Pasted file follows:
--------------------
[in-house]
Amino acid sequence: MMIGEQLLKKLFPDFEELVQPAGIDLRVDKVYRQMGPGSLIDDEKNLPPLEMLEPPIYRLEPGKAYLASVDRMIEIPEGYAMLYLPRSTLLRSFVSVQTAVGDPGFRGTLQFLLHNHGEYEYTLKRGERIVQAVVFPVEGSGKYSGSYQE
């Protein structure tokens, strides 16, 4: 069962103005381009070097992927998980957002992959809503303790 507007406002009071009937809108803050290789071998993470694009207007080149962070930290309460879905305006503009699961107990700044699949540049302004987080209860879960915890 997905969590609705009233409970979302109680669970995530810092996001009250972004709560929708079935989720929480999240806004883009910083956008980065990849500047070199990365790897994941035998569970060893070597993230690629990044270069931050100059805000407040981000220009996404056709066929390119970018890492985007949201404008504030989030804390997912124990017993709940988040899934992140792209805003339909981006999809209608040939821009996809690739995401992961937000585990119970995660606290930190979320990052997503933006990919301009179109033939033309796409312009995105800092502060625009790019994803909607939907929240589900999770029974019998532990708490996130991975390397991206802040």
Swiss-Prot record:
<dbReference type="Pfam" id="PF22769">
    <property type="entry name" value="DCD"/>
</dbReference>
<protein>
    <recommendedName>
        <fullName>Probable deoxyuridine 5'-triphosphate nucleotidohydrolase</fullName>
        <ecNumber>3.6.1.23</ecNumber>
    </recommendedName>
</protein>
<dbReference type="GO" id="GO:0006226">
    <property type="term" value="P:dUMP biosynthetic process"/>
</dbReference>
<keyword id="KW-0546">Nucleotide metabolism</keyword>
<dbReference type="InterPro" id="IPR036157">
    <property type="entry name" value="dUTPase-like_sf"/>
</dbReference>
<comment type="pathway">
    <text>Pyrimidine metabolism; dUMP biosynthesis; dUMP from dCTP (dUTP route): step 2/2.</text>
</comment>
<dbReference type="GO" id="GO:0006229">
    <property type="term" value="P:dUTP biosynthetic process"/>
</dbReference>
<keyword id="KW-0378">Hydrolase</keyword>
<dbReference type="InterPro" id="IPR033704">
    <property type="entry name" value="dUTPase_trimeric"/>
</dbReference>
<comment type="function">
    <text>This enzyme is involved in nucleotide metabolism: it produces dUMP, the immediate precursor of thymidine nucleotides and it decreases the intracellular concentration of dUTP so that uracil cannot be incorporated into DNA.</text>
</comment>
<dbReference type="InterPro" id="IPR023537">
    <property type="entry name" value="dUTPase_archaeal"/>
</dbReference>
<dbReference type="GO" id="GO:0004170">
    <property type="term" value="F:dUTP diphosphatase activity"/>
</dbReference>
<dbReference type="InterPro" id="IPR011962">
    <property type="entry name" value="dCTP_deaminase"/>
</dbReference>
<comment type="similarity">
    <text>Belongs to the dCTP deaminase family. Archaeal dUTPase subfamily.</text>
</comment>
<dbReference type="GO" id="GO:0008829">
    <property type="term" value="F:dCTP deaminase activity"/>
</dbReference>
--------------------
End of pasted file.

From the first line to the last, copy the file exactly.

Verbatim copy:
[in-house]
Amino acid sequence: MMIGEQLLKKLFPDFEELVQPAGIDLRVDKVYRQMGPGSLIDDEKNLPPLEMLEPPIYRLEPGKAYLASVDRMIEIPEGYAMLYLPRSTLLRSFVSVQTAVGDPGFRGTLQFLLHNHGEYEYTLKRGERIVQAVVFPVEGSGKYSGSYQE
């Protein structure tokens, strides 16, 4: 069962103005381009070097992927998980957002992959809503303790 507007406002009071009937809108803050290789071998993470694009207007080149962070930290309460879905305006503009699961107990700044699949540049302004987080209860879960915890 997905969590609705009233409970979302109680669970995530810092996001009250972004709560929708079935989720929480999240806004883009910083956008980065990849500047070199990365790897994941035998569970060893070597993230690629990044270069931050100059805000407040981000220009996404056709066929390119970018890492985007949201404008504030989030804390997912124990017993709940988040899934992140792209805003339909981006999809209608040939821009996809690739995401992961937000585990119970995660606290930190979320990052997503933006990919301009179109033939033309796409312009995105800092502060625009790019994803909607939907929240589900999770029974019998532990708490996130991975390397991206802040």
Swiss-Prot record:
<dbReference type="Pfam" id="PF22769">
    <property type="entry name" value="DCD"/>
</dbReference>
<protein>
    <recommendedName>
        <fullName>Probable deoxyuridine 5'-triphosphate nucleotidohydrolase</fullName>
        <ecNumber>3.6.1.23</ecNumber>
    </recommendedName>
</protein>
<dbReference type="GO" id="GO:0006226">
    <property type="term" value="P:dUMP biosynthetic process"/>
</dbReference>
<keyword id="KW-0546">Nucleotide metabolism</keyword>
<dbReference type="InterPro" id="IPR036157">
    <property type="entry name" value="dUTPase-like_sf"/>
</dbReference>
<comment type="pathway">
    <text>Pyrimidine metabolism; dUMP biosynthesis; dUMP from dCTP (dUTP route): step 2/2.</text>
</comment>
<dbReference type="GO" id="GO:0006229">
    <property type="term" value="P:dUTP biosynthetic process"/>
</dbReference>
<keyword id="KW-0378">Hydrolase</keyword>
<dbReference type="InterPro" id="IPR033704">
    <property type="entry name" value="dUTPase_trimeric"/>
</dbReference>
<comment type="function">
    <text>This enzyme is involved in nucleotide metabolism: it produces dUMP, the immediate precursor of thymidine nucleotides and it decreases the intracellular concentration of dUTP so that uracil cannot be incorporated into DNA.</text>
</comment>
<dbReference type="InterPro" id="IPR023537">
    <property type="entry name" value="dUTPase_archaeal"/>
</dbReference>
<dbReference type="GO" id="GO:0004170">
    <property type="term" value="F:dUTP diphosphatase activity"/>
</dbReference>
<dbReference type="InterPro" id="IPR011962">
    <property type="entry name" value="dCTP_deaminase"/>
</dbReference>
<comment type="similarity">
    <text>Belongs to the dCTP deaminase family. Archaeal dUTPase subfamily.</text>
</comment>
<dbReference type="GO" id="GO:0008829">
    <property type="term" value="F:dCTP deaminase activity"/>
</dbReference>